Machine Wind focuses on Syonan Jinja, the Shinto shrine built by Australian and British POWs in 1942 during the Japanese Imperial Army's occupation of Singapore and destroyed in 1945 at the end of the occupation. Although Singapore's National Heritage Board in 2002 acknowledged Syonan Jinja as a historical site of significance, it remains inaccessible for public viewing or memorialising—architectural remnants of the shrine, the steps leading up to [End Page 192] it, along with the concrete chōzubachi are overgrown and relatively difficult to access.4 Although not the primary focus of this case study, it is important to consider the role that war commemoration has had within Singapore as this not only elucidates what official WWII narratives get perpetuated, but also the strangeness of Syonan Jinja's obfuscation.5 Much of this emerges from the colonial contexts of Britain's failure to protect Singapore as its colony, which led to its surrender to the Japanese military in February 1942, resulting in the nation being passed from western to eastern military powers and then back again, once liberated from Japanese control following their surrender in September 1945. The latter was proudly stamped on the front page of The Straits Times under the headline "Singapore is British Again! Our Day of Liberation; Reoccupation Proceeds in City Ablaze with Allied Flags".6 In spite of what would have been an obvious sense of relief to be released from the cruelties of Japanese rule, the British reoccupation of Singapore was "also tinged with the sense that Singapore was being yet again recolonised", which denied people the right to govern themselves and be independent of the British, or any other, empire.7 In other words, eventually WWII Japanese military control directly influenced Singapore's—along with other Southeast Asian nations'—passage to self-governance. This raises complex questions concerning not only how, but what to remember in relationship to this conflict, thereby producing narratives concerning both Singapore's liberation from Japanese military dictatorship as well as a newly charged sense of nationalism. For example, in contrast to what was a minimal governmental response to the immediate commemoration of WWII experiences, the Singapore Chinese Victims Massacred by Japanese Committee (SCMAC) was established in 1946, leading eventually to the building of the Civilian War Memorial (1967), which aimed to acknowledge the suffering of Singapore civilians during the occupation.8 This memorial, initiated by SCMAC, was both privately and state funded. However, upon its official opening, Prime Minister Lee Kuan Yee used the occasion to state that the memorial "commemorates an experience which, in spite of its horrors, served as a catalyst in building a nation out of the young and unestablished community of diverse immigrants", thereby reinforcing a narrative of nation-building and independence that was directly linked to WWII memorialisation.9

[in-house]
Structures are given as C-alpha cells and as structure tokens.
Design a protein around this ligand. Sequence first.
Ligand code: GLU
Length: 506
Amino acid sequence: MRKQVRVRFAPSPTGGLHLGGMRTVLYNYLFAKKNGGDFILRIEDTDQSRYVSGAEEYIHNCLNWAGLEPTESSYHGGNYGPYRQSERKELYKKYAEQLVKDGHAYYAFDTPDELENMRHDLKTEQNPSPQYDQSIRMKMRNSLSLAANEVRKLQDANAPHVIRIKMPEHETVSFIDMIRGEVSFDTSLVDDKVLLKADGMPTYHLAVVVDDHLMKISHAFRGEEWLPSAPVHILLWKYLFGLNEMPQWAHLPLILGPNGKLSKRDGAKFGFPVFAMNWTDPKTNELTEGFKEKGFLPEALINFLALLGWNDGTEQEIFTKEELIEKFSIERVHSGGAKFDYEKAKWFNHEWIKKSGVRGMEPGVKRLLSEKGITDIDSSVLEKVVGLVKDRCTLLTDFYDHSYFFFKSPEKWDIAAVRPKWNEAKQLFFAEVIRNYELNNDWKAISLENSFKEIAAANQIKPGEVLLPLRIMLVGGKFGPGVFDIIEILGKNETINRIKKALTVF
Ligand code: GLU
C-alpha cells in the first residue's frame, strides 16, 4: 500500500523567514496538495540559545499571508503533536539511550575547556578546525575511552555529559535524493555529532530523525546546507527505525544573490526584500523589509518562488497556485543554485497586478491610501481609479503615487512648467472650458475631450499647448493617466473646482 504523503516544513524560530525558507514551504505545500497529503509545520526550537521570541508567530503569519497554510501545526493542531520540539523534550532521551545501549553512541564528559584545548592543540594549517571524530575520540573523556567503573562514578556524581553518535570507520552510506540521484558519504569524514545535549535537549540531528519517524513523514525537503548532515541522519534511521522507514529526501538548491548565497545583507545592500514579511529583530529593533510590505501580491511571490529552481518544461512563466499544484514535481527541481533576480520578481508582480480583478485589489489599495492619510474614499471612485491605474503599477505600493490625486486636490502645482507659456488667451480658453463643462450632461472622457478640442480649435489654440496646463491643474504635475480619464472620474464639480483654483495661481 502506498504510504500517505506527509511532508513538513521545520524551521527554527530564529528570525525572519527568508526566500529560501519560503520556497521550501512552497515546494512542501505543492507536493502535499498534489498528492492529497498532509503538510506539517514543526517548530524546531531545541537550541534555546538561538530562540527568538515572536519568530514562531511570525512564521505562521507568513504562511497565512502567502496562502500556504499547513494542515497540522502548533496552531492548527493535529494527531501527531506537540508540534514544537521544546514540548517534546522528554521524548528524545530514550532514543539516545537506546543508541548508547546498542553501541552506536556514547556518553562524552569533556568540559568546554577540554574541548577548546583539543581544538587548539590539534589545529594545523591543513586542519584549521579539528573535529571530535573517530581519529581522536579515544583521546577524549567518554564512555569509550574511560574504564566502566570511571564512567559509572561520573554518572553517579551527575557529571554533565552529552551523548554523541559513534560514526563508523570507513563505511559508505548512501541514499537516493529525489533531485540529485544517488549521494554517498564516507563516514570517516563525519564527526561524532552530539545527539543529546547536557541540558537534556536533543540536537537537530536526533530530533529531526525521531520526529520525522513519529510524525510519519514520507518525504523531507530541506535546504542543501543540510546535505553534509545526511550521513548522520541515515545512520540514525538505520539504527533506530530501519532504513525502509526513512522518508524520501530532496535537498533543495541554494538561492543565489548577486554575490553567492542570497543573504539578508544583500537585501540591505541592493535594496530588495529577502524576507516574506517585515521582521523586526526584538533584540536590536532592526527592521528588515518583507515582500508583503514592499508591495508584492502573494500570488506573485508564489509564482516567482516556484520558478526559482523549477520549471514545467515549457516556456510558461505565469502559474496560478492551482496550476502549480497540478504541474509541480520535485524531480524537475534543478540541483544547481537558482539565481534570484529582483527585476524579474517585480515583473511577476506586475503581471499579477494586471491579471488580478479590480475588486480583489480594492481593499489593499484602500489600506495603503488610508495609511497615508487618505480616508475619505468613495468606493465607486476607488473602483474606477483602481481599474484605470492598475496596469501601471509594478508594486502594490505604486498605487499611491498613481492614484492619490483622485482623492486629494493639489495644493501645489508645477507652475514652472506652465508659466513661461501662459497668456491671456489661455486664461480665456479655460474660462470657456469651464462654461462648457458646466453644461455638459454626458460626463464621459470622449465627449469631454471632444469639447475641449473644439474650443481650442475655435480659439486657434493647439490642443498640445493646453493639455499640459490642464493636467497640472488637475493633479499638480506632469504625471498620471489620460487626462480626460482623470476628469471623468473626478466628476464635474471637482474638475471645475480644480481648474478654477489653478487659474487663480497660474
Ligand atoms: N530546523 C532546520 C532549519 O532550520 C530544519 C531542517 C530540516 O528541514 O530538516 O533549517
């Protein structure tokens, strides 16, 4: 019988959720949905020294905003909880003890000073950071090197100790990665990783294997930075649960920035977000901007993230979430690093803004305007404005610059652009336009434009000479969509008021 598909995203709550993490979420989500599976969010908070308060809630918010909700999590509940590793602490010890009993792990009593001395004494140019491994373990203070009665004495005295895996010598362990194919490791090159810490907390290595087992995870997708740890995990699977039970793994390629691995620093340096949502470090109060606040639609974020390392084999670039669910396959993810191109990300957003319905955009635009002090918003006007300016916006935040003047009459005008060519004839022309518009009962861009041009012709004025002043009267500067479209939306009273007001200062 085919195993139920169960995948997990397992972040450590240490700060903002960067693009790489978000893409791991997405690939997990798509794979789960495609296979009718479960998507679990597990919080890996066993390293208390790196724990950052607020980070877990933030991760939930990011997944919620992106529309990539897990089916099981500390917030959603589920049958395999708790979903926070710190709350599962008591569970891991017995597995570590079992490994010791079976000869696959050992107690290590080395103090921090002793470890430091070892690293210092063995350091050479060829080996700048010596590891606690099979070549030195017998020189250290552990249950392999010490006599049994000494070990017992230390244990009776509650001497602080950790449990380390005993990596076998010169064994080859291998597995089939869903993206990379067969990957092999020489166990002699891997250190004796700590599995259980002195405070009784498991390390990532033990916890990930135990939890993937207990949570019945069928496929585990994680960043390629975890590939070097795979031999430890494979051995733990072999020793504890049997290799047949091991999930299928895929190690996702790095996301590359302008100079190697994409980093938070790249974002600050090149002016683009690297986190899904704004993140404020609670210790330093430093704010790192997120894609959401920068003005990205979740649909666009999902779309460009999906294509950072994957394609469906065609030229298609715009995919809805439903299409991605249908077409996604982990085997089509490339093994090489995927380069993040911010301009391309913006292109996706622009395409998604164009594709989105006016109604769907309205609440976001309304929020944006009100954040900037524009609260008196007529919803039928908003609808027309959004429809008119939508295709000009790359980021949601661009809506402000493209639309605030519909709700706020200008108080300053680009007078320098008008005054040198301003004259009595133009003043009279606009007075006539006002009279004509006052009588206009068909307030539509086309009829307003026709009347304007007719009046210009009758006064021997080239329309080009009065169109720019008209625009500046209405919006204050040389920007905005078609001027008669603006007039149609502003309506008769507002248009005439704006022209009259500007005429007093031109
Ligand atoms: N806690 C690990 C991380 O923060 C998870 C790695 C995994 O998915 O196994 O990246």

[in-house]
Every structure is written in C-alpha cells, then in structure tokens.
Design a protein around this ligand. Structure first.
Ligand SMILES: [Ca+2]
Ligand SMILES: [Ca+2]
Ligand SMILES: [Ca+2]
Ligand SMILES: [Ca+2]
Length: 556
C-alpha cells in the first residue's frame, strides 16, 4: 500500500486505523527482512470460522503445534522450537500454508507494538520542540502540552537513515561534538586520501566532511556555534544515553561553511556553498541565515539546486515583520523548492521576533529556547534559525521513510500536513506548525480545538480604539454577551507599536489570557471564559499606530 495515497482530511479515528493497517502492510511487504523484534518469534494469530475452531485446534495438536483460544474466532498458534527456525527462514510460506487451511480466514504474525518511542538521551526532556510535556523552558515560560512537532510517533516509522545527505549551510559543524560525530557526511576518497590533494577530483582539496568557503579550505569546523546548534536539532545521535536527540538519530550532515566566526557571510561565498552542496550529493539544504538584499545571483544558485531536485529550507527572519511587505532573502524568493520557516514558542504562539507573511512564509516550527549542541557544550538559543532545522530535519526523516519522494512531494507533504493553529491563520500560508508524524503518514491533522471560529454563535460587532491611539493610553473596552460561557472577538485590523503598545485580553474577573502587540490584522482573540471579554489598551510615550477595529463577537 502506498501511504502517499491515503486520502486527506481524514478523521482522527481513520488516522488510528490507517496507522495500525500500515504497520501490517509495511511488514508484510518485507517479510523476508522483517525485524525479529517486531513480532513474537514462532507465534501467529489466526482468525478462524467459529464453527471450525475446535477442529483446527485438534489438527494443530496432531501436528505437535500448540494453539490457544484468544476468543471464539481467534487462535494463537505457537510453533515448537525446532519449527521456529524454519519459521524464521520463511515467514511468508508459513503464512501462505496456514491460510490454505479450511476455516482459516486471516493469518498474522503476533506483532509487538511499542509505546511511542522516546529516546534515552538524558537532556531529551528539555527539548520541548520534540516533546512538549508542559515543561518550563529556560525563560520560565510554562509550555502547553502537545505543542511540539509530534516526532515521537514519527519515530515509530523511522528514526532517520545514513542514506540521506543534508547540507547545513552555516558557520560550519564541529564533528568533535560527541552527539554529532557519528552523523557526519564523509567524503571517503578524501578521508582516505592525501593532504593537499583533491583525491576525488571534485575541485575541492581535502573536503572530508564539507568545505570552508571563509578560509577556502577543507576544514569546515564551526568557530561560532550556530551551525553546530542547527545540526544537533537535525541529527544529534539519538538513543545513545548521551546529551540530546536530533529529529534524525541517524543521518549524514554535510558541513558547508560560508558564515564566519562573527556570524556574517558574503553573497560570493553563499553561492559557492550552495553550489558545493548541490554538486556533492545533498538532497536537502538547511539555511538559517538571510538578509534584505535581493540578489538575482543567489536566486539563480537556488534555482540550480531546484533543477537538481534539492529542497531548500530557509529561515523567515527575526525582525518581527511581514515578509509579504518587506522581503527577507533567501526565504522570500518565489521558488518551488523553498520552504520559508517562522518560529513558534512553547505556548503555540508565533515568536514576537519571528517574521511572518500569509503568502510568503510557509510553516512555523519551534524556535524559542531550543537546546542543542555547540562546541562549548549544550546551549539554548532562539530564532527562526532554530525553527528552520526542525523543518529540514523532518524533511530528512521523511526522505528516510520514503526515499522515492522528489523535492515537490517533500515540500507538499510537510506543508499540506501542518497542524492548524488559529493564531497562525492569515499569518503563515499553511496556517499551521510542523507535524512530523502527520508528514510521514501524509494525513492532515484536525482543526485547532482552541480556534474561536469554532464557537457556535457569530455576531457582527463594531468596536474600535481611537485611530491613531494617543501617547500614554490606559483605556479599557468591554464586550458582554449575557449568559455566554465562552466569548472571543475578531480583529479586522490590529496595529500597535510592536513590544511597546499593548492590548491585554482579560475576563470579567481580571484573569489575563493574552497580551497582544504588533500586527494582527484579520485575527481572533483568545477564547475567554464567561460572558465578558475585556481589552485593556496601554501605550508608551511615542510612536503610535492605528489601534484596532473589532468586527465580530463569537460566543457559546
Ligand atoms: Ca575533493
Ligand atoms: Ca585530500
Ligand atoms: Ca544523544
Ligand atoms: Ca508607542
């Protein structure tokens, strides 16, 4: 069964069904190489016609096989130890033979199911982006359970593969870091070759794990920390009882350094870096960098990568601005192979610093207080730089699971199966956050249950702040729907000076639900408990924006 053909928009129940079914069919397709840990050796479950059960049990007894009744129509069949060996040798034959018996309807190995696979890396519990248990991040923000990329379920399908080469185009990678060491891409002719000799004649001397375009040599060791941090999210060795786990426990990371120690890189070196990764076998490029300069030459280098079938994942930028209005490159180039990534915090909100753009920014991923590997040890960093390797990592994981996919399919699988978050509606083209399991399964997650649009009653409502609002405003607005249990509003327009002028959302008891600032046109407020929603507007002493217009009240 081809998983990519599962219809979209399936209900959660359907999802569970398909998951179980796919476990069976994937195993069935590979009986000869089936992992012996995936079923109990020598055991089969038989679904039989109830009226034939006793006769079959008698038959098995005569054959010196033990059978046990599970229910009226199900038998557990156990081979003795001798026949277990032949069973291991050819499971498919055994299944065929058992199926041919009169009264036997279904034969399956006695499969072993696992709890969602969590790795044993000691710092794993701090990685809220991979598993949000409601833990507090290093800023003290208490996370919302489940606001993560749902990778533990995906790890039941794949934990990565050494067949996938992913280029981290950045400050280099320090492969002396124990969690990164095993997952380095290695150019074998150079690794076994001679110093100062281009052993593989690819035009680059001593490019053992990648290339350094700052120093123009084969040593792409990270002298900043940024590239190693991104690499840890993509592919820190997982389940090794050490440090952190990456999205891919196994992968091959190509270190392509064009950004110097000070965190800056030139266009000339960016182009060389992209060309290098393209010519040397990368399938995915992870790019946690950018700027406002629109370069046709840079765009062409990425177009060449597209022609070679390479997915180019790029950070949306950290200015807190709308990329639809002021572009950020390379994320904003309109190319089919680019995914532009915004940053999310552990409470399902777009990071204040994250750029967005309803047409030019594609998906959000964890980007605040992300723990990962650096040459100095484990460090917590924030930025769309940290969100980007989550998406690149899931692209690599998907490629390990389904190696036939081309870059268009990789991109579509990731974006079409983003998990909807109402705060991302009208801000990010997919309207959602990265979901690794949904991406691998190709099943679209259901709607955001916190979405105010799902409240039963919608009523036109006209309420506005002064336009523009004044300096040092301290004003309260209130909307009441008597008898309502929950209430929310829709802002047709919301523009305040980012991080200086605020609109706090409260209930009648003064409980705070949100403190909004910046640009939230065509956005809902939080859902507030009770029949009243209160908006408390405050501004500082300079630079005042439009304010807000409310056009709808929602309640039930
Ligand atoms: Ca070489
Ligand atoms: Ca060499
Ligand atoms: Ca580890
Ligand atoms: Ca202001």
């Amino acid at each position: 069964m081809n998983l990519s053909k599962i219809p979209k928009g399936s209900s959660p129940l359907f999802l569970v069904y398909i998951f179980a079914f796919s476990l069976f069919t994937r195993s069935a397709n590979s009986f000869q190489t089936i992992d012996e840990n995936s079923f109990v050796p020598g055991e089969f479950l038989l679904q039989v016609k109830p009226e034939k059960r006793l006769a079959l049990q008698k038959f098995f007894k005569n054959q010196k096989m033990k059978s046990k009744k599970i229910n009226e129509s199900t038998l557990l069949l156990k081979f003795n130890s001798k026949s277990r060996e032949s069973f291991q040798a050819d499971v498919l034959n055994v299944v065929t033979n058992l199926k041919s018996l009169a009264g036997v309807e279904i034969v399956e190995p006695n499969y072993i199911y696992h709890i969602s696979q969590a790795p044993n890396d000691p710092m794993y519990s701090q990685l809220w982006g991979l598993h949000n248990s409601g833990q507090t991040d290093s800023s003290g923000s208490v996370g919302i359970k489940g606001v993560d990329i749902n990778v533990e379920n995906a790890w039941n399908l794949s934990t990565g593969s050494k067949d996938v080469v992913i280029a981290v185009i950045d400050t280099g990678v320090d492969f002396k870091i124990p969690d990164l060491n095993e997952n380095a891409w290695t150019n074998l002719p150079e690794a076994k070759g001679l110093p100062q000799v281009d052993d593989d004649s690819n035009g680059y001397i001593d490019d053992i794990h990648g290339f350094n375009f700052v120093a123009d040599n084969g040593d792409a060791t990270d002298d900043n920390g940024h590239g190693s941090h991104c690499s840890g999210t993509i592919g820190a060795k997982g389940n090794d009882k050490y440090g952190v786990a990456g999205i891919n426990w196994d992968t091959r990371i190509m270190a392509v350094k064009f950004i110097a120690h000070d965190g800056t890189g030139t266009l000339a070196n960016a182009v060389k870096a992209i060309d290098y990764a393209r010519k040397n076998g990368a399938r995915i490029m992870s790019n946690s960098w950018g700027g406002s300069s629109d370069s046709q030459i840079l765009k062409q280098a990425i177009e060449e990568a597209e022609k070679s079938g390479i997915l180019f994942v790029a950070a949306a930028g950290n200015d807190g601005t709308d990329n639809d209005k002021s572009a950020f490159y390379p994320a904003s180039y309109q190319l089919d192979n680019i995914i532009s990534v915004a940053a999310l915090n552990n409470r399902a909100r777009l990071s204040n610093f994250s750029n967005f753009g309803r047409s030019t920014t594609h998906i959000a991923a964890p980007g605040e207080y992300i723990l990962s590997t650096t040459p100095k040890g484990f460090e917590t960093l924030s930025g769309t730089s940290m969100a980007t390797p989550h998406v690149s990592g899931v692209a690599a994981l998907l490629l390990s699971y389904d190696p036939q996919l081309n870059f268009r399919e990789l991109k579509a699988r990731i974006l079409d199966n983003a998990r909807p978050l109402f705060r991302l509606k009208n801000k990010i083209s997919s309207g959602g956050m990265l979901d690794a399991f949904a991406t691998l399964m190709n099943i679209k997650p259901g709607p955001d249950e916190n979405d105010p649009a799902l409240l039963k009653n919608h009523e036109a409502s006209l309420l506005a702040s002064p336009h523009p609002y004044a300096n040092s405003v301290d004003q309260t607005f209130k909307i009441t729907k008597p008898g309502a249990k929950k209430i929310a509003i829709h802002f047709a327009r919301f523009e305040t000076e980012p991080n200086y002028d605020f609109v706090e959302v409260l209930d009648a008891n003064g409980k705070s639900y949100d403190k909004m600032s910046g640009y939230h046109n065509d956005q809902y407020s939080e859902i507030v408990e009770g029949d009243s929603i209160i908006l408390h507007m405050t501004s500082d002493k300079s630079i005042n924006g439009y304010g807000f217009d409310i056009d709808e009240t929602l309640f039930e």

Relationships between nation-building and war commemoration further developed in the 1980s and 1990s in a twofold manner, namely via foreign former prisoners of war who were interested in revisiting their sites of defeat and subsequent imprisonment, as well as the development of state-sponsored organisations such as the Historic Sites Unit (1992) and the National Heritage Board (1993).10 The former saw the establishment of the Changi Prison Chapel [End Page 193] and Museum, Kranji War Memorial and Fort Siloso, while the latter led to the marking, with identical plaques, of WWII-related sites across Singapore in preparation for the 50th anniversary of the end of the war.11 Aside from the economic imperative for Singapore to commemorate its war histories so as to capture tourist dollars, this 1990s' surge of memorialisation is also linked to the country's own sense of national identity via the creation of endorsed narratives. In addition to the role this conflict played in the eventual freeing of Singapore from any colonial rule, war commemoration also reinforced narratives of the value of being Singaporean. These "centred on the 'strength of character' and heroism of locals … and how the different races put aside all differences in coming together to face a common enemy", which is echoed by state commemoration of "small" acts of dissidence.12 Such self-sacrificing values are strategically made accessible via the inclusion of multiple languages on the commemorating plaques (including Japanese) to accommodate Singapore's different ethnic groups. In other words, Singapore's belated public recognition of its WWII history worked to establish what it meant to be Singaporean, as locals became united in spite of their racial differences.13